“If you do a pop-up restaurant in Hong Kong, and 400 people come to it, you’ll meet enough people to open 20 restaurants in 20 countries,” says the nomadic 25-year old English chef James Sharman, as he huddles over a makeshift bamboo table. He’s in the vacant basement of Beijing’s Opposite House hotel, where his traveling dinner series, One Star House Party, will begin to put that theory to practice over the next two years.
For the past few weeks, Sharman and four friends have been engaged in a mix of culinary anthropology and light construction, as they hustle to develop a menu and build a temporary restaurant. They have even hand-carved the wooden spoons diners will use to consume the multi-course menu inspired by China’s imperial history. “I love building a menu from an experience,” he says. “A chef can research an ingredient at home on the internet then carefully source it once he’s arrived, but it’s so much more palatable to immerse yourself in a culture and build out a dish from an experience you’ve had.” Traveling around the globe, they will repeat this process — each month, they will spend three weeks researching and building a pop-up restaurant, and the final week serving food — over the two-year duration of the project, which will culminate with another (homecoming) dinner in Hong Kong.
Nomadic since adolescence, Sharman has no shortage of experiences to impart through cooking. He moved out of his parents’ home at the age of 15, working as a kitchen porter in his native Leicestershire before becoming a protégé of the British chef Tom Aikens. In his early days, he slept in Aikens’s Kitchen. And by the time he earned more suitable accommodations, fast rising through the ranks of Aikens’s Chelsea and Hong Kong restaurants, Sharman departed for a six-month stint at Noma in Copenhagen. Incapable of staying still, he’d capitalize on his off days, returning to Hong Kong to moonlight as a private chef. “I’d finish work on a Saturday night, pack into a suitcase all the pieces for a 12-course menu, catch the late flight and go straight to cooking dinner for a half dozen people,” he recalls. “Then I’d fly back to Denmark, and be back at work Tuesday morning without anyone knowing I was gone.” As Noma prepared to close, and to relocate for a pop-up dinner series held earlier this year in Sydney, Sharman returned to Hong Kong to devise one of his own making.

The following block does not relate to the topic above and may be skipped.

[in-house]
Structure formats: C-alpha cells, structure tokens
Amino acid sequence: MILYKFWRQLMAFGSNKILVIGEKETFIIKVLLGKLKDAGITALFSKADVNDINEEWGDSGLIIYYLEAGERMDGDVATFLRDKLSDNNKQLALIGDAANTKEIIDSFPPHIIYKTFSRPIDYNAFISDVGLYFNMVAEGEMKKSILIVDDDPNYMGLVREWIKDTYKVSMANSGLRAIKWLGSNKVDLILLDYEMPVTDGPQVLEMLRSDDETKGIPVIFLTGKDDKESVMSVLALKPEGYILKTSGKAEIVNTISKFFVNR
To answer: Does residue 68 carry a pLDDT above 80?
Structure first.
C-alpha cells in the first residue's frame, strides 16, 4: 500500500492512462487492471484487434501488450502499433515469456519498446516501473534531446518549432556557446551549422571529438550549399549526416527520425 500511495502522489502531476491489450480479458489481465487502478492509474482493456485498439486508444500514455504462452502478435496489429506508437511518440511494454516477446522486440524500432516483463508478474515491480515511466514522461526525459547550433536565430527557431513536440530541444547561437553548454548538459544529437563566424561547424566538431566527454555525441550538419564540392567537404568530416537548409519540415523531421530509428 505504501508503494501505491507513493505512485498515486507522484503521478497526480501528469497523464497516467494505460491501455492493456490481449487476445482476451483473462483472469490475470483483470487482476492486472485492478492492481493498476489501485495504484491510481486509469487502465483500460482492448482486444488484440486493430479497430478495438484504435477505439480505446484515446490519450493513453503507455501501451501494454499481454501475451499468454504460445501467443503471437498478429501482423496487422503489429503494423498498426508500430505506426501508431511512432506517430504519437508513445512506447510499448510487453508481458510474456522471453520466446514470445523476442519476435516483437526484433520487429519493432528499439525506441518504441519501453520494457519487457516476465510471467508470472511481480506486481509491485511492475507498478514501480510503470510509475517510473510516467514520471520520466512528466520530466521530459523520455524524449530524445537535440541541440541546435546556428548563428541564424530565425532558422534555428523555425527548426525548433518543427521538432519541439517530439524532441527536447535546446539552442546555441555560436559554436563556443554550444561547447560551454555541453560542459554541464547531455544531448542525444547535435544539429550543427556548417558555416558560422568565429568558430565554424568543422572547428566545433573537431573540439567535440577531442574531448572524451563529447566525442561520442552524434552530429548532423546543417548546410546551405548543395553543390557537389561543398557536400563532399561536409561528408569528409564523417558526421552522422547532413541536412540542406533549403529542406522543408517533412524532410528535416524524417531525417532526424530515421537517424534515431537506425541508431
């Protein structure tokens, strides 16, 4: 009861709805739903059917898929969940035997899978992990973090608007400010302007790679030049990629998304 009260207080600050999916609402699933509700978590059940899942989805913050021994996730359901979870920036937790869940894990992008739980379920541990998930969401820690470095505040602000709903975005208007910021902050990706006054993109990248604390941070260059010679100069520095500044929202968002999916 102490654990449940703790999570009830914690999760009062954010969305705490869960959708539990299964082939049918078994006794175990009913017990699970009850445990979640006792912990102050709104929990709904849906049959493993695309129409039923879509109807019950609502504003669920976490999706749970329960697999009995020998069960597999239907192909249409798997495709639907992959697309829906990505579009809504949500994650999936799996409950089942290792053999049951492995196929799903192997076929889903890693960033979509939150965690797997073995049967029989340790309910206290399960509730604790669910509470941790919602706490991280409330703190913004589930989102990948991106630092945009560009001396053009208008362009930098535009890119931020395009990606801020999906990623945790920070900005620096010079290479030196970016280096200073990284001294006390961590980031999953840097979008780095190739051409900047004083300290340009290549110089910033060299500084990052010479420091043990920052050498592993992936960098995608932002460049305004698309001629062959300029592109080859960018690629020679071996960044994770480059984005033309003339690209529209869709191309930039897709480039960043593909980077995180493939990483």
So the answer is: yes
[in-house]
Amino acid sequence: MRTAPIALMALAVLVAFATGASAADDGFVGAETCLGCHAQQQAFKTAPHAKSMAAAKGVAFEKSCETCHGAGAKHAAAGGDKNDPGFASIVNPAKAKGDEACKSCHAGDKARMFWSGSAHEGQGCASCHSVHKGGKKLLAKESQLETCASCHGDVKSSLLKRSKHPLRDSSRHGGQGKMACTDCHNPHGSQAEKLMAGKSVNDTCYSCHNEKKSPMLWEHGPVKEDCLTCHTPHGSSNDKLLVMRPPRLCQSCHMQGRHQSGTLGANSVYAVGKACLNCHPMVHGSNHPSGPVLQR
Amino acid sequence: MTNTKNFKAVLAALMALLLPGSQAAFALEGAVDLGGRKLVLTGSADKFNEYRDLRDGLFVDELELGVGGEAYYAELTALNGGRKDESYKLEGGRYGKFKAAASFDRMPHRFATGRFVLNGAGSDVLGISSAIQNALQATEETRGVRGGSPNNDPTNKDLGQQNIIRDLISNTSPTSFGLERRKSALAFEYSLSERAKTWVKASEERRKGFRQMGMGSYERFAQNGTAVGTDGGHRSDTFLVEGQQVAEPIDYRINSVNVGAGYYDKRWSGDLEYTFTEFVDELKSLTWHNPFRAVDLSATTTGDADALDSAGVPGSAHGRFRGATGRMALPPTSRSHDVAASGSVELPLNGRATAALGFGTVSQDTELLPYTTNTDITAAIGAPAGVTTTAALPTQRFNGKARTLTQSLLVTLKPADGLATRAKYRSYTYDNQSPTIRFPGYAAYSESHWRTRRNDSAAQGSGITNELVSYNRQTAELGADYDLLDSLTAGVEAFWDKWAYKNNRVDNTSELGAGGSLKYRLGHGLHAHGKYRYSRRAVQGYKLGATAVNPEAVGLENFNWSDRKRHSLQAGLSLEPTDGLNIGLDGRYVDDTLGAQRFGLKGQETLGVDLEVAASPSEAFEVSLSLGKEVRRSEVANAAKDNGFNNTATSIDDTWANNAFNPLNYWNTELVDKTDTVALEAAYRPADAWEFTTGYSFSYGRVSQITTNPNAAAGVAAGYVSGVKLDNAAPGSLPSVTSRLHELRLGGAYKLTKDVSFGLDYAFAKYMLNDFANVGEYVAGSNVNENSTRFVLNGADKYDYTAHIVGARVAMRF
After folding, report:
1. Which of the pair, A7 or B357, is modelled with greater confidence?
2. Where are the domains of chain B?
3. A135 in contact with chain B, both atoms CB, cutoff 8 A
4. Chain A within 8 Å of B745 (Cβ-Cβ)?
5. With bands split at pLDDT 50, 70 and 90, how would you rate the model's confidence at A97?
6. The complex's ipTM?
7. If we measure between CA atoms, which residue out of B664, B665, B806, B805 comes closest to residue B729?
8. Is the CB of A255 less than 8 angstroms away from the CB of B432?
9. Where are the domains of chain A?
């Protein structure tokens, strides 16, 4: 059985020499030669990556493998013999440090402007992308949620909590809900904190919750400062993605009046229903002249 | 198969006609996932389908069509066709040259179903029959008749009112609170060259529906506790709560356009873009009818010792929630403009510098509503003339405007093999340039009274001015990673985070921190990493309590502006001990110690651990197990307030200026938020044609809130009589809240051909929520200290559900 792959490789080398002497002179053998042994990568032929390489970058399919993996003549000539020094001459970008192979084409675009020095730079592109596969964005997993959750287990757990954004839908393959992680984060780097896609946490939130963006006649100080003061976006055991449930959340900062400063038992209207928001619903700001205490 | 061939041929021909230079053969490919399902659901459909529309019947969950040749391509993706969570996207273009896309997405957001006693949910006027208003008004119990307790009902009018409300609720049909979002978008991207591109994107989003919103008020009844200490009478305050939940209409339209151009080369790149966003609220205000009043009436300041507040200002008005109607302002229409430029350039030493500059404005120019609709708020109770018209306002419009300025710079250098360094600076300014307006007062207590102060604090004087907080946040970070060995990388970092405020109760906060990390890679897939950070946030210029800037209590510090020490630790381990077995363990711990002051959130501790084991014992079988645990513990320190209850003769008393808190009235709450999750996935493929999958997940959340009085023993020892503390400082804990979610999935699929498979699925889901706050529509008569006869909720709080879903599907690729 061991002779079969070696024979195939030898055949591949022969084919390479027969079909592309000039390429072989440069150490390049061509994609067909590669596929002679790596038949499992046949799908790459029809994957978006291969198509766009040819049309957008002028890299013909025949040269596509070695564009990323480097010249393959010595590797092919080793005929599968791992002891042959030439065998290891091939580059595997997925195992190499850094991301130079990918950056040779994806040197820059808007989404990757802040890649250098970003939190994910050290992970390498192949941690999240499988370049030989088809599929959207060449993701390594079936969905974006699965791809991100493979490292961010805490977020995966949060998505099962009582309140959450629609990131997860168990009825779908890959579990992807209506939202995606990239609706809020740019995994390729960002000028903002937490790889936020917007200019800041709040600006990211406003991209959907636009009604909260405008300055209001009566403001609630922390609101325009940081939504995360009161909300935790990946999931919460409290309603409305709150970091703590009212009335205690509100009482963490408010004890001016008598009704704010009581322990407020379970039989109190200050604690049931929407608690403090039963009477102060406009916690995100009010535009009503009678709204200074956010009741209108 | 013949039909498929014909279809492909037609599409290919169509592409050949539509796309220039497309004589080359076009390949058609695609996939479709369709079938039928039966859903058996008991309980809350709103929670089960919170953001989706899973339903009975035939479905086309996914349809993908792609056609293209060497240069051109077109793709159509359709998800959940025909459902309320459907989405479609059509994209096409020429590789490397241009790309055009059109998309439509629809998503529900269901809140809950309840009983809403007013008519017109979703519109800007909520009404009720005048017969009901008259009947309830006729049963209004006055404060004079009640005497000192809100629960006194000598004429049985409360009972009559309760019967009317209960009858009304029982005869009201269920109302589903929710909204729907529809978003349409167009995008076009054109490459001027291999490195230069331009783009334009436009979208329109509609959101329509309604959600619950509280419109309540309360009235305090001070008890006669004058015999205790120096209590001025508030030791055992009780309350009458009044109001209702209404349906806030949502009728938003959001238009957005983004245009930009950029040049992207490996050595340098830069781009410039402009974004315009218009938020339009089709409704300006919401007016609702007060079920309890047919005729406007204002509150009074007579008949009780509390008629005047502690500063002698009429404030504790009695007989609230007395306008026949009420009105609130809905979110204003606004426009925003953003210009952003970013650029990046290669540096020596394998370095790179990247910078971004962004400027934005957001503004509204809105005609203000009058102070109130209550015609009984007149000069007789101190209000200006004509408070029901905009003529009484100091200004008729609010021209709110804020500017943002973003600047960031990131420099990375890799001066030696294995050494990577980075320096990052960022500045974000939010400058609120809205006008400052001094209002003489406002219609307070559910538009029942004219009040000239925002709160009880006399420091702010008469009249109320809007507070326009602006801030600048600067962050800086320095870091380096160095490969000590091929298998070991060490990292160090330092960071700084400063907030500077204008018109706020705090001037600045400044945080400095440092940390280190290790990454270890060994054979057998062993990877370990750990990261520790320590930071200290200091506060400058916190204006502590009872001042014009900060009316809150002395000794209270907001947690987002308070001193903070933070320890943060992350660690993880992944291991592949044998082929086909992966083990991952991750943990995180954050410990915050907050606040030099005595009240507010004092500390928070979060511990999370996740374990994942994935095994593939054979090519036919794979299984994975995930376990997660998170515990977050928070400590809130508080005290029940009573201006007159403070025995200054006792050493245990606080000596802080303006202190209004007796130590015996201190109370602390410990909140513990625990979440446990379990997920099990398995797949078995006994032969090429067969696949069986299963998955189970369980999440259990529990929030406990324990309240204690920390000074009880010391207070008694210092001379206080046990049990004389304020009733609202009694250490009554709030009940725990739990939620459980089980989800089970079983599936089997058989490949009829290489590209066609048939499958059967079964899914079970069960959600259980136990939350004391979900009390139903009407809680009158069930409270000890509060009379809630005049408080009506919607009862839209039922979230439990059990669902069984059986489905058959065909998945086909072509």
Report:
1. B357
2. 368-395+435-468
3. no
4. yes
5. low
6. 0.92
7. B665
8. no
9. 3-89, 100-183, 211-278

Over the past six months he calibrated the One Star House Party engine — its name a nod to both Michelin stars and a good time — with test runs in New York, San Francisco, Taipei and Seoul. Along the way, he recruited four friends (a former manager of London’s Soho House and a chef from the Ledbury among them) for the unpaid, two-year global odyssey. Every few months, the team will conceive an additional, more elaborate, experience to cover their overhead. They’ll trek across Nepal, from Kathmandu to the base camp of Mount Everest, to extend the courtesy of their cooking to the Sherpas, and in the new year they’ll cook aboard a no-frills train rolling past India’s tea fields, providing traveling diners with an experience that evokes Wes Anderson’s “The Darjeeling Limited” — while inching closer to their next destination, for cheap. Above, the One Star House Party team shares photos from their first month working together abroad.